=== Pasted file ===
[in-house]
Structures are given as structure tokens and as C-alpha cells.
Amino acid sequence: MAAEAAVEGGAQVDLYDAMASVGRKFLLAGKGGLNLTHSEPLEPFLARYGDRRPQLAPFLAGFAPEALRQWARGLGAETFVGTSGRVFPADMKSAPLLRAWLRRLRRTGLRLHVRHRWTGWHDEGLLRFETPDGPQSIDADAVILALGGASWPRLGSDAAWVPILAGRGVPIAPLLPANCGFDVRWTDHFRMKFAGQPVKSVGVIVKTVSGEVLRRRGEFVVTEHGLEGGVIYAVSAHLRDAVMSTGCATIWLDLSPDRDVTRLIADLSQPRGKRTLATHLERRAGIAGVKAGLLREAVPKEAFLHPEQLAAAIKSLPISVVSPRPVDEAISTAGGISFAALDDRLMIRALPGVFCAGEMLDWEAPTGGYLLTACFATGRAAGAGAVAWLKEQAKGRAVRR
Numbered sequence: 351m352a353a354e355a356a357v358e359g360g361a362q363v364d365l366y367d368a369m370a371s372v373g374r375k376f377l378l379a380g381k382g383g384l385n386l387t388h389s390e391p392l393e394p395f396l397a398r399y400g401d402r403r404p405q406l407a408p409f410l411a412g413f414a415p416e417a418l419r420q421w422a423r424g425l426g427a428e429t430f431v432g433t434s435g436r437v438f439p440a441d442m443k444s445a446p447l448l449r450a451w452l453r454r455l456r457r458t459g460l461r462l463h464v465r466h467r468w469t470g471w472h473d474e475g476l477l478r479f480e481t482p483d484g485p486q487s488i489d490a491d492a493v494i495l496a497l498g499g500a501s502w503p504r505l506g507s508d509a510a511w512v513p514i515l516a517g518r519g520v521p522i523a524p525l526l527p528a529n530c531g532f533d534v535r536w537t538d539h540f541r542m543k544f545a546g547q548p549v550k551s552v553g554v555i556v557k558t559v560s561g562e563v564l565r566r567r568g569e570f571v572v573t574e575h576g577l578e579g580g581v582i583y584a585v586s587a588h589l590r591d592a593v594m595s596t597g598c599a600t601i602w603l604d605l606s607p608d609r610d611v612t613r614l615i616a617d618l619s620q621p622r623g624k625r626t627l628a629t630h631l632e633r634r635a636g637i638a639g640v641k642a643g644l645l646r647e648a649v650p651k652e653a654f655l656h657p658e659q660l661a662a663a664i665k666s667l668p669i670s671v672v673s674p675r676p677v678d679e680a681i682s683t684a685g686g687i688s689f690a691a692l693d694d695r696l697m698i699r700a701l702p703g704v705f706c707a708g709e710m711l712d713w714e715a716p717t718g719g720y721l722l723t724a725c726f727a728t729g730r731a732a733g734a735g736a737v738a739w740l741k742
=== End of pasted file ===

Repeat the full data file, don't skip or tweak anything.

[in-house]
Structures are given as structure tokens and as C-alpha cells.
Amino acid sequence: MAAEAAVEGGAQVDLYDAMASVGRKFLLAGKGGLNLTHSEPLEPFLARYGDRRPQLAPFLAGFAPEALRQWARGLGAETFVGTSGRVFPADMKSAPLLRAWLRRLRRTGLRLHVRHRWTGWHDEGLLRFETPDGPQSIDADAVILALGGASWPRLGSDAAWVPILAGRGVPIAPLLPANCGFDVRWTDHFRMKFAGQPVKSVGVIVKTVSGEVLRRRGEFVVTEHGLEGGVIYAVSAHLRDAVMSTGCATIWLDLSPDRDVTRLIADLSQPRGKRTLATHLERRAGIAGVKAGLLREAVPKEAFLHPEQLAAAIKSLPISVVSPRPVDEAISTAGGISFAALDDRLMIRALPGVFCAGEMLDWEAPTGGYLLTACFATGRAAGAGAVAWLKEQAKGRAVRR
Numbered sequence: 351m352a353a354e355a356a357v358e359g360g361a362q363v364d365l366y367d368a369m370a371s372v373g374r375k376f377l378l379a380g381k382g383g384l385n386l387t388h389s390e391p392l393e394p395f396l397a398r399y400g401d402r403r404p405q406l407a408p409f410l411a412g413f414a415p416e417a418l419r420q421w422a423r424g425l426g427a428e429t430f431v432g433t434s435g436r437v438f439p440a441d442m443k444s445a446p447l448l449r450a451w452l453r454r455l456r457r458t459g460l461r462l463h464v465r466h467r468w469t470g471w472h473d474e475g476l477l478r479f480e481t482p483d484g485p486q487s488i489d490a491d492a493v494i495l496a497l498g499g500a501s502w503p504r505l506g507s508d509a510a511w512v513p514i515l516a517g518r519g520v521p522i523a524p525l526l527p528a529n530c531g532f533d534v535r536w537t538d539h540f541r542m543k544f545a546g547q548p549v550k551s552v553g554v555i556v557k558t559v560s561g562e563v564l565r566r567r568g569e570f571v572v573t574e575h576g577l578e579g580g581v582i583y584a585v586s587a588h589l590r591d592a593v594m595s596t597g598c599a600t601i602w603l604d605l606s607p608d609r610d611v612t613r614l615i616a617d618l619s620q621p622r623g624k625r626t627l628a629t630h631l632e633r634r635a636g637i638a639g640v641k642a643g644l645l646r647e648a649v650p651k652e653a654f655l656h657p658e659q660l661a662a663a664i665k666s667l668p669i670s671v672v673s674p675r676p677v678d679e680a681i682s683t684a685g686g687i688s689f690a691a692l693d694d695r696l697m698i699r700a701l702p703g704v705f706c707a708g709e710m711l712d713w714e715a716p717t718g719g720y721l722l723t724a725c726f727a728t729g730r731a732a733g734a735g736a737v738a739w740l741k742